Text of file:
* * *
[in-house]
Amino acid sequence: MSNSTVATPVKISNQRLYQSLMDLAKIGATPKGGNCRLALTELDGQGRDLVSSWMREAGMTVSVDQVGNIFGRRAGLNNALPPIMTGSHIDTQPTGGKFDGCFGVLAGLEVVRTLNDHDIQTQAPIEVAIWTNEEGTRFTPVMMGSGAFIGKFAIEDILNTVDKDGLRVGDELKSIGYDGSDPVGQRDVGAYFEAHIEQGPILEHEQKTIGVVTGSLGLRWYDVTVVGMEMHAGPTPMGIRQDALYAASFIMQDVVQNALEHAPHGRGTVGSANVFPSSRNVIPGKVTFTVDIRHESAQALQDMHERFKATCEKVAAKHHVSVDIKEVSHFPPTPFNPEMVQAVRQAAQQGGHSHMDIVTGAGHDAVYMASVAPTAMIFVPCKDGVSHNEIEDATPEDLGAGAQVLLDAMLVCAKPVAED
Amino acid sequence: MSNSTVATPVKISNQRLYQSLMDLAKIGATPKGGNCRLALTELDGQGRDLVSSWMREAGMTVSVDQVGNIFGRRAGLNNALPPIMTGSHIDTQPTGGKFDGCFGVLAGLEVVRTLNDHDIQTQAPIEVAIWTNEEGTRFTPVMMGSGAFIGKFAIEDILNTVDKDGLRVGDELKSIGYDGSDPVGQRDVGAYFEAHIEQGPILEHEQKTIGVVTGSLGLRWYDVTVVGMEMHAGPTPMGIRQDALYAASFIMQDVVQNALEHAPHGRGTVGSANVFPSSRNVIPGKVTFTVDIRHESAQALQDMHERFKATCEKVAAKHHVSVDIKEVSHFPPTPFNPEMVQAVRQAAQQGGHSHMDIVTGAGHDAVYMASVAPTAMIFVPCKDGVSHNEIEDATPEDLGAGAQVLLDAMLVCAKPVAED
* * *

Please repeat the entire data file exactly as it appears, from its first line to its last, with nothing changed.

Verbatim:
[in-house]
Amino acid sequence: MSNSTVATPVKISNQRLYQSLMDLAKIGATPKGGNCRLALTELDGQGRDLVSSWMREAGMTVSVDQVGNIFGRRAGLNNALPPIMTGSHIDTQPTGGKFDGCFGVLAGLEVVRTLNDHDIQTQAPIEVAIWTNEEGTRFTPVMMGSGAFIGKFAIEDILNTVDKDGLRVGDELKSIGYDGSDPVGQRDVGAYFEAHIEQGPILEHEQKTIGVVTGSLGLRWYDVTVVGMEMHAGPTPMGIRQDALYAASFIMQDVVQNALEHAPHGRGTVGSANVFPSSRNVIPGKVTFTVDIRHESAQALQDMHERFKATCEKVAAKHHVSVDIKEVSHFPPTPFNPEMVQAVRQAAQQGGHSHMDIVTGAGHDAVYMASVAPTAMIFVPCKDGVSHNEIEDATPEDLGAGAQVLLDAMLVCAKPVAED
Amino acid sequence: MSNSTVATPVKISNQRLYQSLMDLAKIGATPKGGNCRLALTELDGQGRDLVSSWMREAGMTVSVDQVGNIFGRRAGLNNALPPIMTGSHIDTQPTGGKFDGCFGVLAGLEVVRTLNDHDIQTQAPIEVAIWTNEEGTRFTPVMMGSGAFIGKFAIEDILNTVDKDGLRVGDELKSIGYDGSDPVGQRDVGAYFEAHIEQGPILEHEQKTIGVVTGSLGLRWYDVTVVGMEMHAGPTPMGIRQDALYAASFIMQDVVQNALEHAPHGRGTVGSANVFPSSRNVIPGKVTFTVDIRHESAQALQDMHERFKATCEKVAAKHHVSVDIKEVSHFPPTPFNPEMVQAVRQAAQQGGHSHMDIVTGAGHDAVYMASVAPTAMIFVPCKDGVSHNEIEDATPEDLGAGAQVLLDAMLVCAKPVAED